“He’d be sitting there and he’d look normal and stuff, just like he used to, but as soon as he had to do something, whether it was eat or stand up, it just kind of hits you every time – oh, he can’t do that,” App said.
But while Khaliq is still dealing with physical limitations, Dow was quick to point out that his positive mental attitude has not wavered in the least.
“Khaliq has always had a great outlook on life, and it’s incredible that this has not changed that at all,” he said. “It puts a lot of things in perspective, for sure. Just the integrity that he’s dealt with it. You can take something away from it for your own life.”
App, Dow and the other visitors were seeing firsthand something that Khaliq’s father has marveled at repeatedly as he helps his son through rehab on a day-to-day basis.
“Seeing his progress every day has been amazing,” Dean said. “His will, his determination, and his spirit have inspired me. It’s given me renewed faith and hope in the human spirit.”
Khaliq assured his college friends that he never had any doubts he would make a full recovery – not when he was in ICU, not after surgery, not after making the transition to Altanta.
“It was mainly everyone else that was worried,” App recalls Khaliq saying about his reaction to the diagnosis that he might never walk again. “[Khaliq] was like, ‘I knew it would be hard work, but I could get through it.'”
The hard work hasn’t come without its perks. Khaliq teased his friends that while they get just one week for Spring Break, he’s on an “extended vacation” and gets the entire semester and all of the summer away from the demands of school.
“He’s really at peace. While basketball is something he enjoys, and he loves playing and loves to compete, it’s not the sum of his life,” his father said. “His words on the whole event – we don’t refer to it as an accident or an injury – he sees it as a vacation.”
The vacation has been a busy one for Khaliq, who had to cut his time with his visitors short in order to get to bed early to be ready for the showdown between LSU and Texas at the Georgia Dome, Saturday night, in the Elite 8 round of the NCAA men’s basketball championship tournament. Khaliq and his father attended as guests of Georgia Tech’s head coach, Paul Hewitt. This gave Khaliq a chance to see friends from his high school playing days in action – including LSU’s Glen “Big Baby” Davis and Tyrus Thomas and Texas’ LaMarcus Aldridge.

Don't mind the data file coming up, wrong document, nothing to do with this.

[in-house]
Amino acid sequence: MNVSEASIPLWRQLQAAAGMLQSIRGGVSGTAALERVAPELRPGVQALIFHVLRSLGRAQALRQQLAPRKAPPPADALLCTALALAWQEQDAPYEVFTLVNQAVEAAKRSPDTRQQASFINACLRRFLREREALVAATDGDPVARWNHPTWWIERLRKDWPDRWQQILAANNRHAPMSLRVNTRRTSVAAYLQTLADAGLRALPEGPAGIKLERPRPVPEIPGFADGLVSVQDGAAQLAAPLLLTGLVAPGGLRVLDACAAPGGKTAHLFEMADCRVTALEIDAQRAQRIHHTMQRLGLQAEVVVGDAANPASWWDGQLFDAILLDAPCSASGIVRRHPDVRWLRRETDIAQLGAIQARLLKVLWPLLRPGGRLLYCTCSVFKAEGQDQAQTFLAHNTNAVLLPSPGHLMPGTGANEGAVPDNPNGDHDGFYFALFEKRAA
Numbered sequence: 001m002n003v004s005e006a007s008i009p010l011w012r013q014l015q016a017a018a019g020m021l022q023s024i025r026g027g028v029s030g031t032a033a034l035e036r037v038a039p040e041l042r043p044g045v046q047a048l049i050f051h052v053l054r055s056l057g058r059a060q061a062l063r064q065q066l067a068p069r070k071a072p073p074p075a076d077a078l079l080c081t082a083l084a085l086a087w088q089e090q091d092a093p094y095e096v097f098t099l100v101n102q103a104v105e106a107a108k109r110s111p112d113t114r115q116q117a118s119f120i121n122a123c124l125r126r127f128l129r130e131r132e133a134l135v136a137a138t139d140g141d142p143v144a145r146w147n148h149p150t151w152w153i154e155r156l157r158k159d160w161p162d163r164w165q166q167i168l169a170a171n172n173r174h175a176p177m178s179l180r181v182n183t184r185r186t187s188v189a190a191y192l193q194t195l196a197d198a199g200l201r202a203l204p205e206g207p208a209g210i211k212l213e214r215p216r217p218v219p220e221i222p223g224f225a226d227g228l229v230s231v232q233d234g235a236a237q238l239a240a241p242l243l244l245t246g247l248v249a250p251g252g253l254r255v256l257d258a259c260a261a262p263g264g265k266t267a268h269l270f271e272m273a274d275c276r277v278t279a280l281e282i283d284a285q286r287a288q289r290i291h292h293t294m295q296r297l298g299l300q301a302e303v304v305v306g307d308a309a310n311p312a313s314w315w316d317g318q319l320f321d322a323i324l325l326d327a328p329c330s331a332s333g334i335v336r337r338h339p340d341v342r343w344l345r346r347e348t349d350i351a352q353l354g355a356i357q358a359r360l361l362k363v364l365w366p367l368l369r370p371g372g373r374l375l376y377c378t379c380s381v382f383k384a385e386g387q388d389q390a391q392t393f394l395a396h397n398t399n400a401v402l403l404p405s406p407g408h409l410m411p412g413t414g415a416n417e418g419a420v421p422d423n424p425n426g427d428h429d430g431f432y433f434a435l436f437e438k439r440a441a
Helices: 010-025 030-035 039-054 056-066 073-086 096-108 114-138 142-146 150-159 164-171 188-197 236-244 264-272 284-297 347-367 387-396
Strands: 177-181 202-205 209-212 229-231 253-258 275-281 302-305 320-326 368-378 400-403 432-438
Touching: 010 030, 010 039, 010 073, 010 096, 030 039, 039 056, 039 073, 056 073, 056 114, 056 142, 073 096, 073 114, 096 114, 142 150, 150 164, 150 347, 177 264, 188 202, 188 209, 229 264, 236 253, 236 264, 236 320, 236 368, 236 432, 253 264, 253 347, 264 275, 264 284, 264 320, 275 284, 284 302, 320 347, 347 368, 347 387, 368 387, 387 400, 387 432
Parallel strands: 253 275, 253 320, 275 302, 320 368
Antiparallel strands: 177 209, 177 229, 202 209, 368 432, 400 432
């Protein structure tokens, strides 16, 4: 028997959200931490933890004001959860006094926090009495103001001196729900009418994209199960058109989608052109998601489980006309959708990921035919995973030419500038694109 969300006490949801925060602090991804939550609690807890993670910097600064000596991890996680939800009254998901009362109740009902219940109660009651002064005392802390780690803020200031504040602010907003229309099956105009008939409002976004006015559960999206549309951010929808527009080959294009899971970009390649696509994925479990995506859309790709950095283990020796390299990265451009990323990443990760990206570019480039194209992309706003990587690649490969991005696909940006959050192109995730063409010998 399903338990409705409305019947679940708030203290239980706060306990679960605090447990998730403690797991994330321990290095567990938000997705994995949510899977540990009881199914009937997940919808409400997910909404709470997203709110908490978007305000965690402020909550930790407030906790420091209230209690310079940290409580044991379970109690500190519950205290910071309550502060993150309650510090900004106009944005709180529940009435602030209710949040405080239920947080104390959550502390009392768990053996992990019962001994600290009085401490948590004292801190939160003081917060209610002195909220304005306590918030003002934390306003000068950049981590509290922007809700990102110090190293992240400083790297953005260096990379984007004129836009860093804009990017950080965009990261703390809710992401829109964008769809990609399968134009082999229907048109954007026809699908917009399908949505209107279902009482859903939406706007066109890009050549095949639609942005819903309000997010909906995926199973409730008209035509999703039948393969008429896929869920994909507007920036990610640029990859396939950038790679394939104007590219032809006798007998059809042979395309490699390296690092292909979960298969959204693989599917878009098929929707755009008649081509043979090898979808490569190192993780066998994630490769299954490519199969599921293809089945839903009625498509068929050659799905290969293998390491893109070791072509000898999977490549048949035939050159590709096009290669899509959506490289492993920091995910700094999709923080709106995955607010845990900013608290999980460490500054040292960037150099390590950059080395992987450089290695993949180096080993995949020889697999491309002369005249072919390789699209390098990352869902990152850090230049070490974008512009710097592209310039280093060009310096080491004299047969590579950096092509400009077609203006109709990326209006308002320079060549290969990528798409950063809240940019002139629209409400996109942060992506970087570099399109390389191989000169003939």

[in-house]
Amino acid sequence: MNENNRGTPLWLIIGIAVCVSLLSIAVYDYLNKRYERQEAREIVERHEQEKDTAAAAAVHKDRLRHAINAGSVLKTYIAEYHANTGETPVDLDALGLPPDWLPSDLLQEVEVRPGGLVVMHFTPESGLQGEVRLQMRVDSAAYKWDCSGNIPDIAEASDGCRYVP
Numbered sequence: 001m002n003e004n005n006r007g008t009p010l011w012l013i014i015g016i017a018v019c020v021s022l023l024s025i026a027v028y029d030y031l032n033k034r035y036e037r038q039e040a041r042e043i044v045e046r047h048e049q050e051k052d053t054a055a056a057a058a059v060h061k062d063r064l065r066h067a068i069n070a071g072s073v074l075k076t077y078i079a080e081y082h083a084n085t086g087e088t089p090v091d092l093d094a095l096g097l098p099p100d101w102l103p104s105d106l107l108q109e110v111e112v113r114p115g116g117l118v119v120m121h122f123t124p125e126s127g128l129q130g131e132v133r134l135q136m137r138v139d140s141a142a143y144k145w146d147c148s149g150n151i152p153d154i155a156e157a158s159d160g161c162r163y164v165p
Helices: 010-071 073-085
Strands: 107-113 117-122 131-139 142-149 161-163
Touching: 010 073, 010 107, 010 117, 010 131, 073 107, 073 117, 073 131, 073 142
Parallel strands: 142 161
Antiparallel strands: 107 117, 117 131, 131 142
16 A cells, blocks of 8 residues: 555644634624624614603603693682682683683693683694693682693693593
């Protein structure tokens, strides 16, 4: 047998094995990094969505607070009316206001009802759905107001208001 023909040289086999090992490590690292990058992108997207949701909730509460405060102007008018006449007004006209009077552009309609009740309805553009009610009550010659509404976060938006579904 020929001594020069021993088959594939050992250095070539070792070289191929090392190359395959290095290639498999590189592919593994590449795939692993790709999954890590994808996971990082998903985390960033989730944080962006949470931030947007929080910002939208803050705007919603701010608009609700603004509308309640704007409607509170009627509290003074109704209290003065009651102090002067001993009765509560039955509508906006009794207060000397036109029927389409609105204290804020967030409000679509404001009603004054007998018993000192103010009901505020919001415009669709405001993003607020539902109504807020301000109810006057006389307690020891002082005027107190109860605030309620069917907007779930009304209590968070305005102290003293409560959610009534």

Friends from the basketball world have been frequent visitors and correspondents, as Khaliq has received countless letters from coaches at programs ranging from Duke to Arizona to Dayton to Richmond, and has welcomed the Atlanta Hawks’ Josh Smith and the Orlando Magic’s Dwight Howard for visits at Shepherd.
“It helps immeasurably, seeing that and knowing that people care about you and love you has an impact you can’t imagine,” Dean said. “It brings tears to my eyes.”
And while the outside support has been overwhelming, and has included a basketball and a t-shirt signed by the Brown and Harvard men’s basketball teams, respectively, Dow felt that Khaliq inherently possesses whatever tools he needs to heal.
“I think it’s nice, but I think his drive comes from within,” Dow said. “He’s a very strong individual and [the support] only helps him get stronger, and get back to where he was.”
While Dean agrees, saying that the countless cards, jerseys, and balloons decorating Khaliq’s room have added to Khaliq’s motivation, he also said that Khaliq’s naturally positive outlook and boundless determination have been an inspiration to those around him.
“It’s something about his sprit. He’s always been a unique person, even as a child,” Dean said. “He never backs down from a challenge, and he sees [rehab] as another challenge to overcome. … He knows he has a calling beyond basketball.”
Khaliq has already answered that new destiny to some degree, just by providing inspiration to his visitors from Cornell and, in a way, helping them heal as well.
“It helps us out a lot too, because the hardest part is him being so far away and just not knowing,” App said. “I mean, we hear stuff about how he’s doing, but to see it for yourself is inspirational, for one, and helps us kind of put it to rest and know that he’ll be all right.”
Archived article by Olivia Dwyer
Sun Sports Editor